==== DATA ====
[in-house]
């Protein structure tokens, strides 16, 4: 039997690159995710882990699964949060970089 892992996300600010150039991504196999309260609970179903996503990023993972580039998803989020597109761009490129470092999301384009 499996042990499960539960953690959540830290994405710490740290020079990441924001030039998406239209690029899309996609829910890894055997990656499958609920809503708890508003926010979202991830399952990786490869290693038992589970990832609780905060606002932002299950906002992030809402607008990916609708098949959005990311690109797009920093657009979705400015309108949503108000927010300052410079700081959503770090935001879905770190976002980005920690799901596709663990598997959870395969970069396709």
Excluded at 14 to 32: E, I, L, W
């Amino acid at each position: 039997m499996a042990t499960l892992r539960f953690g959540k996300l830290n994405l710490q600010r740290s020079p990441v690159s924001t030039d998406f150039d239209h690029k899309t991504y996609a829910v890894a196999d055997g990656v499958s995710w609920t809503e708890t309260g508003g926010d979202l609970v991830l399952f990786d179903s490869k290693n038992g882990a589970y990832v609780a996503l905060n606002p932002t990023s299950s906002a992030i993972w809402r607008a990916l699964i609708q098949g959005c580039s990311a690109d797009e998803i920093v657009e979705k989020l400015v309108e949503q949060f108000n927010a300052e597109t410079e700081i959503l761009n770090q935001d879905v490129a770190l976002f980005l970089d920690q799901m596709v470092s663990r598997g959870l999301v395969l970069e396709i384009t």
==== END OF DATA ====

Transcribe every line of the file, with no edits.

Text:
[in-house]
């Protein structure tokens, strides 16, 4: 039997690159995710882990699964949060970089 892992996300600010150039991504196999309260609970179903996503990023993972580039998803989020597109761009490129470092999301384009 499996042990499960539960953690959540830290994405710490740290020079990441924001030039998406239209690029899309996609829910890894055997990656499958609920809503708890508003926010979202991830399952990786490869290693038992589970990832609780905060606002932002299950906002992030809402607008990916609708098949959005990311690109797009920093657009979705400015309108949503108000927010300052410079700081959503770090935001879905770190976002980005920690799901596709663990598997959870395969970069396709």
Excluded at 14 to 32: E, I, L, W
């Amino acid at each position: 039997m499996a042990t499960l892992r539960f953690g959540k996300l830290n994405l710490q600010r740290s020079p990441v690159s924001t030039d998406f150039d239209h690029k899309t991504y996609a829910v890894a196999d055997g990656v499958s995710w609920t809503e708890t309260g508003g926010d979202l609970v991830l399952f990786d179903s490869k290693n038992g882990a589970y990832v609780a996503l905060n606002p932002t990023s299950s906002a992030i993972w809402r607008a990916l699964i609708q098949g959005c580039s990311a690109d797009e998803i920093v657009e979705k989020l400015v309108e949503q949060f108000n927010a300052e597109t410079e700081i959503l761009n770090q935001d879905v490129a770190l976002f980005l970089d920690q799901m596709v470092s663990r598997g959870l999301v395969l970069e396709i384009t």